Epistle To Maduabebe is Nengi Josef Ilagha’s ninth book in nine years. Its publication on December 18, 2009, virtually brought the author’s home state of Bayelsa to a standstill. Trenchant and uncompromising in all twelve chapters, brimming with prophecy for a world gone sour, the book has been hailed as “the height of polemic iconoclasm in Nigeria.”
Its author is the militant poet, journalist and broadcaster who served time in the government of Bayelsa State as Speech Writer. Its subject is corruption and greed. Its hope is redemption for a nation that is fast losing its dreams. Its righteous tirade is trained at Dr Edmund Maduabebe Daukoru, former OPEC President, two-time Minister of Petroleum in Nigeria, and paramount ruler of Nembe, a key oil producing community in the south of the country, and godfather of the incumbent government under Chief Timipre Sylva-Sam.
Published by Treasure Books, the following is the twelfth and concluding chapter of Epistle To Maduabebe.
The Militant Writes Back
I know enough history to realize that civilization does not fall down from the sky.
– Chinua Achebe
HERE IS EVERY indication that the history of the struggle for resource control and self-determination is as good as complete. Ask Tompolo. Ask Boyloaf. If you can go that far, ask all the unidentified militants in the swamp who have given up their arms for peace to reign in the region. If you like, ask all the yellow journalists who carry the wrong reports at the right time of going to press for the wrong reasons.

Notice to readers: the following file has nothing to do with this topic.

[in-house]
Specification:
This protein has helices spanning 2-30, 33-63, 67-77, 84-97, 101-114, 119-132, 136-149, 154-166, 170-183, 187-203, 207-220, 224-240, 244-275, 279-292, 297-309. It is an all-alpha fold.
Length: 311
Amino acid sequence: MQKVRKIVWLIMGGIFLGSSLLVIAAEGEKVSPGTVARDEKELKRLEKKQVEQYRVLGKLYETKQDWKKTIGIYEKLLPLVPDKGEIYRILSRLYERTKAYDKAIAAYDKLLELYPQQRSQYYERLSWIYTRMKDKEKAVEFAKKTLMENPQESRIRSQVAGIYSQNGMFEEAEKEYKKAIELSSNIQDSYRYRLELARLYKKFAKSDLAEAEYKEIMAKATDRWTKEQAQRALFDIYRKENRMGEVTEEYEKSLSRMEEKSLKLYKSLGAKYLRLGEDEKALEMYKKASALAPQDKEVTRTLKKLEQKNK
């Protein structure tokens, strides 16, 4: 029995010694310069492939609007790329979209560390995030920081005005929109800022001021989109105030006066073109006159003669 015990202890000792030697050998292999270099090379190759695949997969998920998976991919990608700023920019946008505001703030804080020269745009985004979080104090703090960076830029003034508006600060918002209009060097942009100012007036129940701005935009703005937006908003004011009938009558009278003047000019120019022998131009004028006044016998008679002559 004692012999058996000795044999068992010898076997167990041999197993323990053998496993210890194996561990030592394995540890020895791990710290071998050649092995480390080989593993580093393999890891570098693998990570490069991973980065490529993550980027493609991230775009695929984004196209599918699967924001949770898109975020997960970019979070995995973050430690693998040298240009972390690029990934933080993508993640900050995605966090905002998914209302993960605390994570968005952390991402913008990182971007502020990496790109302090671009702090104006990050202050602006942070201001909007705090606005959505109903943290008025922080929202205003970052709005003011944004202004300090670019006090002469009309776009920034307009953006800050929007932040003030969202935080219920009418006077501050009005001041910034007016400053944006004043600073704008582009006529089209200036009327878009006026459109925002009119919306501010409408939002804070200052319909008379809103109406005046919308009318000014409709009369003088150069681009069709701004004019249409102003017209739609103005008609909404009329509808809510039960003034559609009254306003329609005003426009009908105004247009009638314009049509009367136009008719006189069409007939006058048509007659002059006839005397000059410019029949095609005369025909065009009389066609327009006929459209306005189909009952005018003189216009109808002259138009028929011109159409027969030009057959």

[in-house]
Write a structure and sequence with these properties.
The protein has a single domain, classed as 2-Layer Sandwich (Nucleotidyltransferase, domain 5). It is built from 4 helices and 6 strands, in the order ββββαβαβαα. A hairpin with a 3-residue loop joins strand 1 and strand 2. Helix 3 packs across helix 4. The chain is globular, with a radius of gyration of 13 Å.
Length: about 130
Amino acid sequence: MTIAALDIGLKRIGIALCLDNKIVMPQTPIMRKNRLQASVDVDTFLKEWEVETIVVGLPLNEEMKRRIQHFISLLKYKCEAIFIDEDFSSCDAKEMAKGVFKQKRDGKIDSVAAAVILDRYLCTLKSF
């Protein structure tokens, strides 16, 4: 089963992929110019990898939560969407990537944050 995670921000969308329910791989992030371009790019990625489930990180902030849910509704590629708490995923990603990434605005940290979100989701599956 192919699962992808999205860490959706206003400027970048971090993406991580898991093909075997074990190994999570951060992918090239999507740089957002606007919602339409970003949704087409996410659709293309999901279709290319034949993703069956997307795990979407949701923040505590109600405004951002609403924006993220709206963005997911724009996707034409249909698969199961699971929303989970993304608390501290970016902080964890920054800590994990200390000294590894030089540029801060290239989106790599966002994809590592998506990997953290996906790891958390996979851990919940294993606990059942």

Yet, as a young and vibrant graduate from the Niger Delta who received an excellent education from choice institutions of learning abroad, before and after the Nigeria-Biafra civil war, you could have done a great deal to help realize the noble aspirations of Isaac Adaka Boro as expressed in his landmark autobiography, The XII-Day Revolution. Even if you didn’t want to take up guns personally, at least you could have raised a fist to the powers that be, in the manner of Ken Saro-Wiwa, as if to say Amandla! Instead, you put your glasses over your nose and stared at nothing.
Incidentally, a formal declaration of discontent by Ijaw youths in the Niger Delta region came to pass as late as December 1999, and you were not the propulsion. You were not even the sponsor. You could have defined a new edge to the struggle long before Oronto Natei Douglas and his fellow compatriots in the Ijaw Youth Council spelt out 100 Reasons Why We Must Control Our Resources! You could have staged a revolt against Shell, if you could summon the guts and act on behalf of your conscience. Given your intellectual stature, you could have even reasoned things out with Shell on a cordial note, around a round table full of tea cups and saucers. Instead, you sat back on your bourgeois sofa, crossed your legs and picked up a copy of The Geologist.